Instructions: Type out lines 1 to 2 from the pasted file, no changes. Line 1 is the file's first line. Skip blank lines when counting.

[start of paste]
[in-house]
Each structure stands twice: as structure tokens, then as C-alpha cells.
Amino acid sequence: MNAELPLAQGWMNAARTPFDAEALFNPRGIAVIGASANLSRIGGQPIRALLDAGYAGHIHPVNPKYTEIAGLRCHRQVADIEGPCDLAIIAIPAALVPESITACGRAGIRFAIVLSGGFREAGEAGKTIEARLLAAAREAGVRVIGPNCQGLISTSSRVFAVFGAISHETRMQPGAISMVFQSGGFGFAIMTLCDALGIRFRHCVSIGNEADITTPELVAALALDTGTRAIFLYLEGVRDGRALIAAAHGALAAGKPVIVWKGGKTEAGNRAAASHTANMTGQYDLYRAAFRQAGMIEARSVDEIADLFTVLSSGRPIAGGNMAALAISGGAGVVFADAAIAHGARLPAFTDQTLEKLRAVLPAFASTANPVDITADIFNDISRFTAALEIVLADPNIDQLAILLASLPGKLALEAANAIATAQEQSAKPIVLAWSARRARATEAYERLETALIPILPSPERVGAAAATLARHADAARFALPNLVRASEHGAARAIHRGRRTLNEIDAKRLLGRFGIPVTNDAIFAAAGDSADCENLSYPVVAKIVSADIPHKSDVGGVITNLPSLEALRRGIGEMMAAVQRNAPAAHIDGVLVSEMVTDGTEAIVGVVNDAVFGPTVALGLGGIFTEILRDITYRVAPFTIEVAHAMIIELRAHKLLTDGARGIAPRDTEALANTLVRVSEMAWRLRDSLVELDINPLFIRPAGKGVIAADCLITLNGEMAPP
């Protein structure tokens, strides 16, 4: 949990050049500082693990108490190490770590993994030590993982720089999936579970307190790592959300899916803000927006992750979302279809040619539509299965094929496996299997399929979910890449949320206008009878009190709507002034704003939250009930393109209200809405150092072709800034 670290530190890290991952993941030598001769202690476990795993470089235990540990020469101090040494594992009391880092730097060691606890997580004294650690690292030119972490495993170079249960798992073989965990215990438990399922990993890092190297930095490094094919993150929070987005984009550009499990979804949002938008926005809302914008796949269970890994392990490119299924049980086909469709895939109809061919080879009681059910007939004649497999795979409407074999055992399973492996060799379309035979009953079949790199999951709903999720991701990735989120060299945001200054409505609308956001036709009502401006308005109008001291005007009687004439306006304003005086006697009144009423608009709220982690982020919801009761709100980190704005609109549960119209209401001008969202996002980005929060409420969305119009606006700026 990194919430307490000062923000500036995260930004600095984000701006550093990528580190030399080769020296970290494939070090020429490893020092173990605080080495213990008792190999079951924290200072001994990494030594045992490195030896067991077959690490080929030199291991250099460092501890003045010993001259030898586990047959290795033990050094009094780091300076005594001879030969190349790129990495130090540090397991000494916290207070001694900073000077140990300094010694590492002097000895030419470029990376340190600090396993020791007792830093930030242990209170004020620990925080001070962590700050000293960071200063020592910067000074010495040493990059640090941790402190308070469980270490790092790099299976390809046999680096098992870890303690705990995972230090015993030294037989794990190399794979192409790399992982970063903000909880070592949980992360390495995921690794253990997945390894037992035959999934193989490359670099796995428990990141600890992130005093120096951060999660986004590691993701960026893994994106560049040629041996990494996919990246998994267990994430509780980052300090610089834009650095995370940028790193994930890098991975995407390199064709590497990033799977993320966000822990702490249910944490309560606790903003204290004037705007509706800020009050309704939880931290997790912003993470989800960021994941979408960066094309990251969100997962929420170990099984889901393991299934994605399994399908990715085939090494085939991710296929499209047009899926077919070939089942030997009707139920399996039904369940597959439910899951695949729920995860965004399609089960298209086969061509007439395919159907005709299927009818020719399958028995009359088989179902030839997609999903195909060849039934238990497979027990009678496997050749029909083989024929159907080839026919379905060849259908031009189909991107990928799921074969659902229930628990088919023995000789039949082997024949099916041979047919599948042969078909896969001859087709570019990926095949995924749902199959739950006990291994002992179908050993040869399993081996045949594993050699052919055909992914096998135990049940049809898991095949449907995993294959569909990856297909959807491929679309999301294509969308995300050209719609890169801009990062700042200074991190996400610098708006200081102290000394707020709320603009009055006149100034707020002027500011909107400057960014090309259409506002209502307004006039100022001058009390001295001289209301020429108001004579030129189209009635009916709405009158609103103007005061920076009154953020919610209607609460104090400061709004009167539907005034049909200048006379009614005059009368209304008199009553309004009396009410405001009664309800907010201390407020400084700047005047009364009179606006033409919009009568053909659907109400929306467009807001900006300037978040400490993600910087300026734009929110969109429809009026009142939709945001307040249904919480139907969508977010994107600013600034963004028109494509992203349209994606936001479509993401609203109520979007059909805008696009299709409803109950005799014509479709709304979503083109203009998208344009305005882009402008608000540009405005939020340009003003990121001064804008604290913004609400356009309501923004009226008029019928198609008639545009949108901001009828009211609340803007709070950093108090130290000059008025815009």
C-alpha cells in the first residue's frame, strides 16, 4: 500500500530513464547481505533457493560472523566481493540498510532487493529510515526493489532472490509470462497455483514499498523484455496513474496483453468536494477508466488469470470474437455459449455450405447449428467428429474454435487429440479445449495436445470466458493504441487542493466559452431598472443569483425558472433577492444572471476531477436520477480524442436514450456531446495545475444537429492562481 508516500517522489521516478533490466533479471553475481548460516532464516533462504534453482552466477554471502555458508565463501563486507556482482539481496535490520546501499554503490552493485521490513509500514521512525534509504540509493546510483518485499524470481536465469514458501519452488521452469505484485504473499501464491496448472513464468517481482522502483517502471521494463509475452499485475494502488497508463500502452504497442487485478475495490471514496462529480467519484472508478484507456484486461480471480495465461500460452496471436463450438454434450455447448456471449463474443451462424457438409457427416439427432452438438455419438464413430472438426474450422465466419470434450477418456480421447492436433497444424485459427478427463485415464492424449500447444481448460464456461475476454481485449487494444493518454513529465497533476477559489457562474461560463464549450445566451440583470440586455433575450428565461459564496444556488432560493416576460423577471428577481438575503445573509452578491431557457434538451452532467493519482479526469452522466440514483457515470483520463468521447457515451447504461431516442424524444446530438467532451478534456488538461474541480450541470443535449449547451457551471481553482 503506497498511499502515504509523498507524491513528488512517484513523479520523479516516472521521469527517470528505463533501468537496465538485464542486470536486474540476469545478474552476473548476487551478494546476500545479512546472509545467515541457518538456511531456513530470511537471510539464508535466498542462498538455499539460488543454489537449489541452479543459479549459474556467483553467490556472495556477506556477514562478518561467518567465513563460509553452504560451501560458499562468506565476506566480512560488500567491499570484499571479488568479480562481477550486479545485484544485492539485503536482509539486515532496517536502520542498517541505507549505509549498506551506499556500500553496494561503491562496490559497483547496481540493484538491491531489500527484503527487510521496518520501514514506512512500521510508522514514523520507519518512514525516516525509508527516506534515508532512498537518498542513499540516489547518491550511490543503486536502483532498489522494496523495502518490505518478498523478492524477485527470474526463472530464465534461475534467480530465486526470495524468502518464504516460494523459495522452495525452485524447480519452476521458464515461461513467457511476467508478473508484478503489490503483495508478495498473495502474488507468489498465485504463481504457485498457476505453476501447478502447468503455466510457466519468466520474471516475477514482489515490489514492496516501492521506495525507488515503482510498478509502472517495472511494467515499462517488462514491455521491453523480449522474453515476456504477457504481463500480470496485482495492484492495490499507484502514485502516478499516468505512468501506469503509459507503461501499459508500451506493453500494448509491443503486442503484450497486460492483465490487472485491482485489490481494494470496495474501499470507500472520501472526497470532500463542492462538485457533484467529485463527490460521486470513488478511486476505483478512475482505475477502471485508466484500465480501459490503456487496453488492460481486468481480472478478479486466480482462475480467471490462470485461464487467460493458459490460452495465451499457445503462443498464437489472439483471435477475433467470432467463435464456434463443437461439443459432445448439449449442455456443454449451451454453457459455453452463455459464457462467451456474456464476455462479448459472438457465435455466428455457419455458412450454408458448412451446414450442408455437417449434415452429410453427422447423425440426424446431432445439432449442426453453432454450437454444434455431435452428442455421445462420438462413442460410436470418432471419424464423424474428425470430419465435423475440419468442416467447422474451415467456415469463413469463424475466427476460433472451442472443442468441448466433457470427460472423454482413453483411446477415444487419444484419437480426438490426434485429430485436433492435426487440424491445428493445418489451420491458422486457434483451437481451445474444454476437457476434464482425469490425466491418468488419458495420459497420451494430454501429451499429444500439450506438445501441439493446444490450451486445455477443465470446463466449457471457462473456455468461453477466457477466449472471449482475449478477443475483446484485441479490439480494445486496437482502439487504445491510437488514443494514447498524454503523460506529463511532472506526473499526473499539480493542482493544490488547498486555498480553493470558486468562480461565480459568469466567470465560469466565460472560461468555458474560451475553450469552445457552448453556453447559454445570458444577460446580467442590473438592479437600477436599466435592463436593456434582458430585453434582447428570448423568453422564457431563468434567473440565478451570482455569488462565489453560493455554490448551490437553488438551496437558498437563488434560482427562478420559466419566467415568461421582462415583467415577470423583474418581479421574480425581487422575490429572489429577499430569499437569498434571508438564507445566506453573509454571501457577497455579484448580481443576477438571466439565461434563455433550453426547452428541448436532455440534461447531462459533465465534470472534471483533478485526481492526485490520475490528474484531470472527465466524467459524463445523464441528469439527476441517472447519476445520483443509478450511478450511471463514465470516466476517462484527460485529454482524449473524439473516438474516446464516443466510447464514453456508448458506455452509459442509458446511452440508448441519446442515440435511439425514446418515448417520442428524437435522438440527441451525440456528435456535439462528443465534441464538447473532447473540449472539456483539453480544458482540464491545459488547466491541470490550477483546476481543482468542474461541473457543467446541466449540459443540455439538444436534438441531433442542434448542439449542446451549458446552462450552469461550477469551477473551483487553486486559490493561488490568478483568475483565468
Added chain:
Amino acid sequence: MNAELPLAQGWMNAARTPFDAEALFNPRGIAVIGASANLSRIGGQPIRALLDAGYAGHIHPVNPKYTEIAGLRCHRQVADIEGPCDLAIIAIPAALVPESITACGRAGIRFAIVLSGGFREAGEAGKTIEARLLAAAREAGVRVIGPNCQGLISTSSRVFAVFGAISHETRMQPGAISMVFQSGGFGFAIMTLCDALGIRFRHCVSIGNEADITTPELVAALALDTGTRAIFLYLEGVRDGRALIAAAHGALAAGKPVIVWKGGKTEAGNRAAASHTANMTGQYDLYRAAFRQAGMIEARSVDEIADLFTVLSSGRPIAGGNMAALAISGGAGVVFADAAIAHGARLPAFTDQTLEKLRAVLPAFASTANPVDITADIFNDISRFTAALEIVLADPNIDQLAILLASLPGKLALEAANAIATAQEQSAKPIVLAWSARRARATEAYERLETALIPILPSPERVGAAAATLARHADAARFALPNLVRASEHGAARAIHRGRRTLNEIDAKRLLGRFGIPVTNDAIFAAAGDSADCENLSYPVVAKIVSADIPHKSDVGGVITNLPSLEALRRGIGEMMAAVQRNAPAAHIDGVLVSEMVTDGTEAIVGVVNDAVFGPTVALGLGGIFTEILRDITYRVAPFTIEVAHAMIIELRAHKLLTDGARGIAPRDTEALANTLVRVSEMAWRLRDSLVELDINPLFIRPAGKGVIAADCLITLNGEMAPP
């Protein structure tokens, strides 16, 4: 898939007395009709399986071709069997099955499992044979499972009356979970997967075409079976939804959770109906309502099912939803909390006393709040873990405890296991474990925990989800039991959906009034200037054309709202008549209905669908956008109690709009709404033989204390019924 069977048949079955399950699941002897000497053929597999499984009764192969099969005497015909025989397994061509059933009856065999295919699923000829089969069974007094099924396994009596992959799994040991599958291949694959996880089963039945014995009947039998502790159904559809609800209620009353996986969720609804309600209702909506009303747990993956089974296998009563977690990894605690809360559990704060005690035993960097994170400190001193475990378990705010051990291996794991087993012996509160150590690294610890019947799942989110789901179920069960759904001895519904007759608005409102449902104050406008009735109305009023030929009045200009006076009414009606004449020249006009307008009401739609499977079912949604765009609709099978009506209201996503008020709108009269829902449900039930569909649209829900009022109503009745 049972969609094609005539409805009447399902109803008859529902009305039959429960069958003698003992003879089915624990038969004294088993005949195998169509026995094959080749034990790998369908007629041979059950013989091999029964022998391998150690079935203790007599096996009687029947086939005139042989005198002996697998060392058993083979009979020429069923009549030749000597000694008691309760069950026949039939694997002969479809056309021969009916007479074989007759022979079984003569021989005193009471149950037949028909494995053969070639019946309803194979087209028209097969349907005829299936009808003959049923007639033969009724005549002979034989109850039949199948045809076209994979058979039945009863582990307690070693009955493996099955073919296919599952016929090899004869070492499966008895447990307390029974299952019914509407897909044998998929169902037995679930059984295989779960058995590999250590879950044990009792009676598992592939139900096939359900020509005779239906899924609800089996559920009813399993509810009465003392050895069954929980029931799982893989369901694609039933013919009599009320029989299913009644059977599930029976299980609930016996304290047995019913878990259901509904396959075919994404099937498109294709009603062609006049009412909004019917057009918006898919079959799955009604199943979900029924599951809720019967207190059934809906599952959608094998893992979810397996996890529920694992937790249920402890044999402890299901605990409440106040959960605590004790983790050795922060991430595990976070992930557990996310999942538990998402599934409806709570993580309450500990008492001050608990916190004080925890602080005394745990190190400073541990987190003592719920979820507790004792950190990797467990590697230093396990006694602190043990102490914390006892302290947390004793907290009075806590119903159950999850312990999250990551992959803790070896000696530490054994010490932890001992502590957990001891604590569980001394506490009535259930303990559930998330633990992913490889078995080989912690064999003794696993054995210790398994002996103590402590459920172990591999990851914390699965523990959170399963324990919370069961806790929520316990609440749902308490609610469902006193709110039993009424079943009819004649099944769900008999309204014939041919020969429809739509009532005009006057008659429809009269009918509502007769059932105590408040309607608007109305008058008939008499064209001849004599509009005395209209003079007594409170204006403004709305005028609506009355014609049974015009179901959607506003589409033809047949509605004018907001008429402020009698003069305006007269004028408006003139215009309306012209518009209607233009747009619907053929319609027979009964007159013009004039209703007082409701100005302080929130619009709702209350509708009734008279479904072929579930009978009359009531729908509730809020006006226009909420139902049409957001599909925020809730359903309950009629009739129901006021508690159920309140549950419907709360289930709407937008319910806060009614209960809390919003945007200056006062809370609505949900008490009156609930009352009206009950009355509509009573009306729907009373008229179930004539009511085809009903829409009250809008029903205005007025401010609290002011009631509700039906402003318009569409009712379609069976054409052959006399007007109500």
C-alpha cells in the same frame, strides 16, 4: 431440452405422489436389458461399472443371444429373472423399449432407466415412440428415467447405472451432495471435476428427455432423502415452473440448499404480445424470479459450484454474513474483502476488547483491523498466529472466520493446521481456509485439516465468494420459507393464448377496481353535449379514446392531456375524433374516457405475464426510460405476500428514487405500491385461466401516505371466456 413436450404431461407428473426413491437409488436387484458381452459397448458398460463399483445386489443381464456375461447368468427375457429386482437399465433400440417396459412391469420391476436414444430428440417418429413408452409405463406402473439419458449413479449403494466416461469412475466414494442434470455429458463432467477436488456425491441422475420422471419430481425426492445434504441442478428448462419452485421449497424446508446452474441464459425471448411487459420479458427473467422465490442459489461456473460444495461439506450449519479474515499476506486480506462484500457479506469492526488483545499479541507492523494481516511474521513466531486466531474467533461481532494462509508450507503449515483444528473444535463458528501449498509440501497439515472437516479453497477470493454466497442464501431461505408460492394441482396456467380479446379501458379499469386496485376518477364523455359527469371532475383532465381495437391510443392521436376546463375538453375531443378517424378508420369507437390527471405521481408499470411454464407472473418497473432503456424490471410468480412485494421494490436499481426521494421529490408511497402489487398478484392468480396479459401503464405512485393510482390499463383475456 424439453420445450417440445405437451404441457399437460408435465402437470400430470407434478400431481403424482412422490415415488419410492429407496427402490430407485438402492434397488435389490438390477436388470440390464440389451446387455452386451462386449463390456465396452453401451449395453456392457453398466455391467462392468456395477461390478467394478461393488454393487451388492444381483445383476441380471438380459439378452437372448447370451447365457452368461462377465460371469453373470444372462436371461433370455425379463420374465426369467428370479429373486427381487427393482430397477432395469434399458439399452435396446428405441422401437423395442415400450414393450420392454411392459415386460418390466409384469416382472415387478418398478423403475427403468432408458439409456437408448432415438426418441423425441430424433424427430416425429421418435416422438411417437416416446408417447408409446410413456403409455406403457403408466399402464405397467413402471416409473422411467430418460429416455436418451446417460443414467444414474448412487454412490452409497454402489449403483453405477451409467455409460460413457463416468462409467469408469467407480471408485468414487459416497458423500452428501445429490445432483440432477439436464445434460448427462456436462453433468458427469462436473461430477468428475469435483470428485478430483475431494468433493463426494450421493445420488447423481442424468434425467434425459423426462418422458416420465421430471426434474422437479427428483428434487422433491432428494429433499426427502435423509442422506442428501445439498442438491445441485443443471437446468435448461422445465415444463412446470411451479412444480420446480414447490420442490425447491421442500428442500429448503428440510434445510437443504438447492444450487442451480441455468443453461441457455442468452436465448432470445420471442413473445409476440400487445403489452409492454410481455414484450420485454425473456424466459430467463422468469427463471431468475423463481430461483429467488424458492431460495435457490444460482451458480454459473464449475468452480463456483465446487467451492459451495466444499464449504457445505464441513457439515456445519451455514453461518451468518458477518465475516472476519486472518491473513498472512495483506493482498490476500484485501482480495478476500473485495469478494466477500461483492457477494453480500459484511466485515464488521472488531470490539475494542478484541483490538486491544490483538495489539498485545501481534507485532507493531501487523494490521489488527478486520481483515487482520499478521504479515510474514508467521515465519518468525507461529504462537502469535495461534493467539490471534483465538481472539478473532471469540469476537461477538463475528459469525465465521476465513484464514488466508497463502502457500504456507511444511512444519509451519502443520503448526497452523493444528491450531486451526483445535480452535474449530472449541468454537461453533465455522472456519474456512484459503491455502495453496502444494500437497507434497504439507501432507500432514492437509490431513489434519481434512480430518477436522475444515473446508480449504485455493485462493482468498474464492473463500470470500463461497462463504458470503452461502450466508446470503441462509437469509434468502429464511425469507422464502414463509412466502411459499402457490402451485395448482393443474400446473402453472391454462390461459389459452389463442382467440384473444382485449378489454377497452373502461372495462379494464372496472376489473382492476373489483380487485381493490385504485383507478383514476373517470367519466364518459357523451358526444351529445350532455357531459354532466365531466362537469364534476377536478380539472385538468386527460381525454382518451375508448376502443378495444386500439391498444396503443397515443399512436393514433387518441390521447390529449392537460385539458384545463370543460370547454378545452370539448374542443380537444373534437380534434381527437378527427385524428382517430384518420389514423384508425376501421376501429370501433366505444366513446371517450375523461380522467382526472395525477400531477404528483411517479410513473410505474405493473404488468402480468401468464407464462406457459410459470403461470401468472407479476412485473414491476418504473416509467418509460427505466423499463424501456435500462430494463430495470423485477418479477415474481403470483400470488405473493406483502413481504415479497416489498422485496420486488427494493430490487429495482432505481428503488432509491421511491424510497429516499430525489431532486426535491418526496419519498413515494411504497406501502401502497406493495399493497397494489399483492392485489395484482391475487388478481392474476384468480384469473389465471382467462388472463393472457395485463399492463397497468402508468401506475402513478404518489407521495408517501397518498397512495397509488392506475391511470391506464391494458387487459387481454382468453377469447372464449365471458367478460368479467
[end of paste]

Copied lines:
[in-house]
Each structure stands twice: as structure tokens, then as C-alpha cells.